Plaintiff was examined by his internist, Stephen K. Lemon, M.D., on September 4, 1998. AR 427. Lemon noted that Plaintiff had initially been diagnosed as having pancreatitis on August 22, 1998, and tried home therapy until he became sicker and went to the hospital on August 24. AR 427. Lemon reported that Plaintiff was gradually increasing his physical activity since returning home but was experiencing abdominal discomfort if he over-exerted. AR 427. His respiratory difficulties had resolved. AR 427. Lemon described Plaintiff as "slowly recovering" from hyperlipidemic pancreatitis. AR 427.

Plaintiff was examined by his internist, Brent J. Kovacs, M.D., on September 10, 1998. AR 426. Plaintiff continued to have abdominal pain and was taking two Vicodin tablets every four to six hours. AR 426. Kovacs switched Plaintiff's pain medication from Vicodin to Darvocet at Plaintiff's request. AR 426. Plaintiff denied fevers, chills, nausea, or vomiting. AR 426. Kovacs noted, "Overall, he looks much better than when he was discharged from the hospital." AR 426. The doctor's impression was:

Pancreatitis secondary to Hypertriglyceridemia. He is continuing to improve, and looks better overall, but likely has developed at least 1, if not 2, pseudocysts. This may just represent inflammatory mass in the [abdomen], but it does appear to extend extremely low down on the [right], and therefore likely represents 1-2 or more pseudocysts.

AR 426.

Plaintiff was re-admitted to the hospital for pain control on September 13, 1998. AR 422-425. His discharge summary noted that Plaintiff began experiencing increased abdominal pain and nausea on September 10, 1998. AR 418-420, 422. The Darvocet did not control the pain as effectively as the Vicodin did. AR 418-420, 422. In addition, Plaintiff had increased his activity level. AR 422. Plaintiff was given a morphine pump to get his pain under control. AR 422. A CAT scan of his abdomen showed fluid and inflammation, but no pseudocysts. AR 415-417, 422.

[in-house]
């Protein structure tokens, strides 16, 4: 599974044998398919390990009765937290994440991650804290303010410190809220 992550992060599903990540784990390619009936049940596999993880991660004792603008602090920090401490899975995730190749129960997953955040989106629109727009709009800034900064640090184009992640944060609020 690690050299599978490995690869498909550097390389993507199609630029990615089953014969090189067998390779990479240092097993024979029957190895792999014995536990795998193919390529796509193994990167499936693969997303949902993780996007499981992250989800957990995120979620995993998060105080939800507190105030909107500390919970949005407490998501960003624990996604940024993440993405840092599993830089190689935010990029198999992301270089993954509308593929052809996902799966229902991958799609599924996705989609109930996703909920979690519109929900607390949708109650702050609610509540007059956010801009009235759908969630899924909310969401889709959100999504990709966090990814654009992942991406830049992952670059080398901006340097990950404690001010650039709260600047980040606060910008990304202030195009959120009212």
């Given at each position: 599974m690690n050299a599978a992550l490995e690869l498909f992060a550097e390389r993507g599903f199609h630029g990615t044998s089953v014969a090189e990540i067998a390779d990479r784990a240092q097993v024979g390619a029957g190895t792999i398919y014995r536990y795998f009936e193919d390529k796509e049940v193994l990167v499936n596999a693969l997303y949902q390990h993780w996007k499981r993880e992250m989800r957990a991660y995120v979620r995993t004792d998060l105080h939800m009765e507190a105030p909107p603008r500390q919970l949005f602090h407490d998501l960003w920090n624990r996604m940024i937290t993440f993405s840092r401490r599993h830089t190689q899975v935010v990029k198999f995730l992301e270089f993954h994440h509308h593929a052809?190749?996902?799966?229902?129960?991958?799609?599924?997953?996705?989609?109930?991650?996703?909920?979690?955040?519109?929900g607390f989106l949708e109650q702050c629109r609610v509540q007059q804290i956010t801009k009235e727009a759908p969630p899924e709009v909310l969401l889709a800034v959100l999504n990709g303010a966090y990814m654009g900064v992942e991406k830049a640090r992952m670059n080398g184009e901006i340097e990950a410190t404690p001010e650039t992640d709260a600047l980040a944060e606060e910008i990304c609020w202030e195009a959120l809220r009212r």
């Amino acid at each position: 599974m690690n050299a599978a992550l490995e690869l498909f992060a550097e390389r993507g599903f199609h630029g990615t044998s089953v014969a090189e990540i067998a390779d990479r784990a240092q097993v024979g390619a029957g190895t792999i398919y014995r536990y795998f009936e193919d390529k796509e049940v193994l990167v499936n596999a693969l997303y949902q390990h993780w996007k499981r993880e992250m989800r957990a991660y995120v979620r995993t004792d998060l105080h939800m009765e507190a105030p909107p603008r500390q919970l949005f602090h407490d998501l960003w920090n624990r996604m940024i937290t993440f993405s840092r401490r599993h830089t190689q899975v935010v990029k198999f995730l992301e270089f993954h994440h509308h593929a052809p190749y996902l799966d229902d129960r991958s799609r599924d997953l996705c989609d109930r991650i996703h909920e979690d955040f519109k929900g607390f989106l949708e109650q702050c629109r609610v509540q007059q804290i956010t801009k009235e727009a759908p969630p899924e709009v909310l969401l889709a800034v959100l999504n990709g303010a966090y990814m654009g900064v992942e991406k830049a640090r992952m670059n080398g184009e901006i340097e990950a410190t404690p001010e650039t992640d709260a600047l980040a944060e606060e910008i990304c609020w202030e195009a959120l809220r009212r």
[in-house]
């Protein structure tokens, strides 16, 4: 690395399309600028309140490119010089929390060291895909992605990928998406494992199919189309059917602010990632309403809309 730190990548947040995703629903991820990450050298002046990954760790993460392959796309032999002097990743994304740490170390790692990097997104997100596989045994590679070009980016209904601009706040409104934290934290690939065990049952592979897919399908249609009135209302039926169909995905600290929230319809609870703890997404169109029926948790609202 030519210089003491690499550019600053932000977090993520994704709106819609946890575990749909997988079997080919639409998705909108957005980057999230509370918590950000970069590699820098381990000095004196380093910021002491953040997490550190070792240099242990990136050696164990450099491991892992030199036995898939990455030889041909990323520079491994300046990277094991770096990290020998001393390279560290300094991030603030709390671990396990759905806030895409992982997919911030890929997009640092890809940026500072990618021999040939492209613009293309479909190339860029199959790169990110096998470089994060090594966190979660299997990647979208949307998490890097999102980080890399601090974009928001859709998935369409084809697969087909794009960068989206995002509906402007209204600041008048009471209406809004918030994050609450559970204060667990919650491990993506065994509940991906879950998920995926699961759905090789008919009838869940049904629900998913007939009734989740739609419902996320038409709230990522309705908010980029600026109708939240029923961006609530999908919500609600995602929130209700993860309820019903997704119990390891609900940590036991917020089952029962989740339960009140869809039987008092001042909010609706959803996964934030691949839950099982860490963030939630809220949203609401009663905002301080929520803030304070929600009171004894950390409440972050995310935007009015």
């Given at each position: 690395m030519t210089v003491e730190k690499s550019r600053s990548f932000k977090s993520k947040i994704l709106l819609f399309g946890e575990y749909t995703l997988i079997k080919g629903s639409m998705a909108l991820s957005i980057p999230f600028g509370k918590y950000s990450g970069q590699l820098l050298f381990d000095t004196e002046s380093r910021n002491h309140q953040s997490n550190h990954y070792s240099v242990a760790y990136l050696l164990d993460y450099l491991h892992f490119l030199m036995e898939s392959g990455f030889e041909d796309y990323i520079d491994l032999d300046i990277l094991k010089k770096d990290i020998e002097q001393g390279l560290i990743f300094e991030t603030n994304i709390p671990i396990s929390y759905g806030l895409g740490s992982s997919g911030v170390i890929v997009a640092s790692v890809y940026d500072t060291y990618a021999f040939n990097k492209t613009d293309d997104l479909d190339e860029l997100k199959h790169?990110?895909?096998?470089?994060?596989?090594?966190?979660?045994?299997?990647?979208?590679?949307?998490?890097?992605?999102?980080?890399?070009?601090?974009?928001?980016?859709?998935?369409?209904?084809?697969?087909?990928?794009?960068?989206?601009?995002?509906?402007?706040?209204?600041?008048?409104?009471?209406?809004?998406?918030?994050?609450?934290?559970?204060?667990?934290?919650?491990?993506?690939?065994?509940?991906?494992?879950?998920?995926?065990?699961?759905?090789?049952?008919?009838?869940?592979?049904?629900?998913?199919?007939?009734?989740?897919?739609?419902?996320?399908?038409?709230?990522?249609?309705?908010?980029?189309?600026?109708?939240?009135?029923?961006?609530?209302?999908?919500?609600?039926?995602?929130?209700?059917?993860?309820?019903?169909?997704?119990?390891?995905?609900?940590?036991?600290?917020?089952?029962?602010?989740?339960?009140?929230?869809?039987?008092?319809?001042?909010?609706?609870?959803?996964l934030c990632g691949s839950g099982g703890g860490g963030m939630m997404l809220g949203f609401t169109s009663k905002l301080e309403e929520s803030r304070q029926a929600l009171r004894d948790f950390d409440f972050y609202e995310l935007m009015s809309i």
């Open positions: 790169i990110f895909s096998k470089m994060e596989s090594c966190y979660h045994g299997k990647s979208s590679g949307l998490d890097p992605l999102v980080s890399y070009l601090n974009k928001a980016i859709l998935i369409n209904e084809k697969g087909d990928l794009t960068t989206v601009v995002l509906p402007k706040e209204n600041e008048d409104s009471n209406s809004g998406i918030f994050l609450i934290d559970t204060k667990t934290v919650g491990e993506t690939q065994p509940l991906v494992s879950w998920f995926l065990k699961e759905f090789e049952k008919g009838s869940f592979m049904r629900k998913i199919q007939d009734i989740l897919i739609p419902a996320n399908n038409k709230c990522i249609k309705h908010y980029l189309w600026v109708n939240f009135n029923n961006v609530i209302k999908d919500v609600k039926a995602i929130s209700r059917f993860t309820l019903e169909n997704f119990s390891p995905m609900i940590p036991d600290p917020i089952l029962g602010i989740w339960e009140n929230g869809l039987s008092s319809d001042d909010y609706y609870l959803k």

Plaintiff saw Lemon for a follow-up appointment on September 29, 1998, about two weeks after his two-day hospitalization. AR 411. Although Plaintiff continued to experience abdominal discomfort, aggravated by stretching, turning, or bending, he was using pain medication only once or twice a day. AR 411. He retained some parapancreatic fluid but had no specific area of pseudocyst. AR 411. His bowel movements had returned to "near normal." AR 411. Lemon noted "[s]lowly resolving pancreatitis." AR 411.

At the next routine follow-up appointment on October 26, 1998, Lemon noted, "He has had continuing [abdominal] discomfort, but does notice that the episodes of worsening pain are fewer and farther between. No nausea, no vomiting." AR 410. Lemon diagnosed "[s]evere pancreatitis with slow resolution." AR 410.

Plaintiff again saw Lemon on January 13, 1999, for left upper quadrant abdominal pain experienced after straining his abdomen while changing a tire. AR 345. Lemon noted that Plaintiff "had been doing well" since his hospitalizations in 1998. AR 345. Plaintiff had tenderness in his superficial abdominal muscles. AR 345. Lemon found no active signs of pancreatitis and ...